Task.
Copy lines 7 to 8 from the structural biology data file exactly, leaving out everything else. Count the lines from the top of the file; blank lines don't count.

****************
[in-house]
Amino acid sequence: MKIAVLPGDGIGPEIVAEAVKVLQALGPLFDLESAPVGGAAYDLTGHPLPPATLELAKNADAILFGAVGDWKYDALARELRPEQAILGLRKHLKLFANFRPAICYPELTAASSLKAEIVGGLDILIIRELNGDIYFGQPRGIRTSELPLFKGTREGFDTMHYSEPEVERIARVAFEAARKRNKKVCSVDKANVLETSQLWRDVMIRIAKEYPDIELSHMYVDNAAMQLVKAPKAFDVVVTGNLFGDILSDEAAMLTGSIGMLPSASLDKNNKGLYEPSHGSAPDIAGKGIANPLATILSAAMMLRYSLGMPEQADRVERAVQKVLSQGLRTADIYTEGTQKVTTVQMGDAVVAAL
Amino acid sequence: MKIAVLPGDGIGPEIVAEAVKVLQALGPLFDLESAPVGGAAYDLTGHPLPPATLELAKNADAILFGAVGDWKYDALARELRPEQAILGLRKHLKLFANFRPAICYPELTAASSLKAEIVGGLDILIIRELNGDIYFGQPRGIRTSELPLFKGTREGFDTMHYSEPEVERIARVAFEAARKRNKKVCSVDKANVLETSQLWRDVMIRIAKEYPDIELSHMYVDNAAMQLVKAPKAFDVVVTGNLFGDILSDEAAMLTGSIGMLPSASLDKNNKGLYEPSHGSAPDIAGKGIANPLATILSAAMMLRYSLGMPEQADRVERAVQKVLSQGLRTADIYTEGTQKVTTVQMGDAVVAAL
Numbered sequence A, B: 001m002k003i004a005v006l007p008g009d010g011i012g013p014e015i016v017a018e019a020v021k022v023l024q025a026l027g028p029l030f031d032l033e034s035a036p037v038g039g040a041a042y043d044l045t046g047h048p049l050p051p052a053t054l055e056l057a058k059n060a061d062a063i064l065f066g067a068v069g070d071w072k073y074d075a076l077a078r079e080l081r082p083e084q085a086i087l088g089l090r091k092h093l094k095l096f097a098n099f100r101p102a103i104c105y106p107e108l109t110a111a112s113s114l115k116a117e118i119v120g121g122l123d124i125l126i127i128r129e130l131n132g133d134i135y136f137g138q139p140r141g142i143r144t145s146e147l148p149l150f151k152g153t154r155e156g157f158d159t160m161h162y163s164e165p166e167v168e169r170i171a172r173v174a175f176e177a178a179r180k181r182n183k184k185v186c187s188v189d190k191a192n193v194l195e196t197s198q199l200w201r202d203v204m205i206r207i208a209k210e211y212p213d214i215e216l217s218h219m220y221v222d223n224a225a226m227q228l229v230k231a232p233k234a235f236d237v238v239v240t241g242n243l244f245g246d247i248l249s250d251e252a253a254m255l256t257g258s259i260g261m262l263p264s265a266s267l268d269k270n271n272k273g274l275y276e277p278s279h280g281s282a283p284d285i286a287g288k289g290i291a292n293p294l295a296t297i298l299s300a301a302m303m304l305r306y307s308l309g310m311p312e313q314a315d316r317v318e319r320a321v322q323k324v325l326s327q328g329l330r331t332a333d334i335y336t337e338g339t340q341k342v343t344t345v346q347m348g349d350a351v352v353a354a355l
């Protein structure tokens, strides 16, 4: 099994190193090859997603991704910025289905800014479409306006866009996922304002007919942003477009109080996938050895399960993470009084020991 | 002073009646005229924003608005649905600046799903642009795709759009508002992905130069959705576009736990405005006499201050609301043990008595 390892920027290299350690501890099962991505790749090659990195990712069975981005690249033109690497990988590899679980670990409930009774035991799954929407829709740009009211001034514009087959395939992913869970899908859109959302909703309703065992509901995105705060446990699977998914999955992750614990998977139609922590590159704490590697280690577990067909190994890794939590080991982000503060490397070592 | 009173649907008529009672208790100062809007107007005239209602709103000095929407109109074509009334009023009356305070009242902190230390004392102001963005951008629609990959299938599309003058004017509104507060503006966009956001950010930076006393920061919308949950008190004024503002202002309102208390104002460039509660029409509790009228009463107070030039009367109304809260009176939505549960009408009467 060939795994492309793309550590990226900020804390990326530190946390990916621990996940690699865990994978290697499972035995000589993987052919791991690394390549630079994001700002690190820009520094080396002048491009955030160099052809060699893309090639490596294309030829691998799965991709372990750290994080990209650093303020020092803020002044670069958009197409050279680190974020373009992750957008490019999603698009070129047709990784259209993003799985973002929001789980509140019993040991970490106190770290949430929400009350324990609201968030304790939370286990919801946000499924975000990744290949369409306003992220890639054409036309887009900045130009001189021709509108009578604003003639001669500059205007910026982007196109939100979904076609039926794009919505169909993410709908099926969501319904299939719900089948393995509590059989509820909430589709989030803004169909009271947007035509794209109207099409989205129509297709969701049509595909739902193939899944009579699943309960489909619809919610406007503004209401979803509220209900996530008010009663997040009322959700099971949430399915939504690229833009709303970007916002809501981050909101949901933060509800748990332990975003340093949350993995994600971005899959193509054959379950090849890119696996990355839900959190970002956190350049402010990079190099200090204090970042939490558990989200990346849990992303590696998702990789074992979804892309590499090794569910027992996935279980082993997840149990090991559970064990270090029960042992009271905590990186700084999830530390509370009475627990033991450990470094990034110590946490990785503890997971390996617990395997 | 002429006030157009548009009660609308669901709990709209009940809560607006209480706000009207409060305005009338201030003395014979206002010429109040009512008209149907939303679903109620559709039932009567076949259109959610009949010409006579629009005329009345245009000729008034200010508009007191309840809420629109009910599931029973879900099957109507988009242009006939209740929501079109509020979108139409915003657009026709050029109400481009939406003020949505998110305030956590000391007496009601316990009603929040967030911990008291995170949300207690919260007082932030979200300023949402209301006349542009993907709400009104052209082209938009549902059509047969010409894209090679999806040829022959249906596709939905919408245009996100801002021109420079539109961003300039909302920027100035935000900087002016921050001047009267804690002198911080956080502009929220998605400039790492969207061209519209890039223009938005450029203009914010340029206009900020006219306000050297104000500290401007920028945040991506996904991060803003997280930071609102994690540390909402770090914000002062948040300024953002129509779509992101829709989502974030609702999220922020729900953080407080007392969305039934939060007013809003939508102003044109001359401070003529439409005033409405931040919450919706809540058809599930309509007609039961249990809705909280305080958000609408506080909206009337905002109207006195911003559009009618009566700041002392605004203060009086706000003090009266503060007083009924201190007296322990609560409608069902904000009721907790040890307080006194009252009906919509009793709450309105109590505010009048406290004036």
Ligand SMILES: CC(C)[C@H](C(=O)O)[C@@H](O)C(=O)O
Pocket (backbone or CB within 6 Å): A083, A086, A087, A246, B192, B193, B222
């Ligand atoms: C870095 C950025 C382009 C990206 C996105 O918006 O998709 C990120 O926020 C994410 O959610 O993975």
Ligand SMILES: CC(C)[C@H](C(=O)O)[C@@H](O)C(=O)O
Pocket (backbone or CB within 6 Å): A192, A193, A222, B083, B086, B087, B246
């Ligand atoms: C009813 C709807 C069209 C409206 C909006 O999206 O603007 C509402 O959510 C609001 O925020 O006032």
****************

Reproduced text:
Pocket (backbone or CB within 6 Å): A083, A086, A087, A246, B192, B193, B222
């Ligand atoms: C870095 C950025 C382009 C990206 C996105 O918006 O998709 C990120 O926020 C994410 O959610 O993975």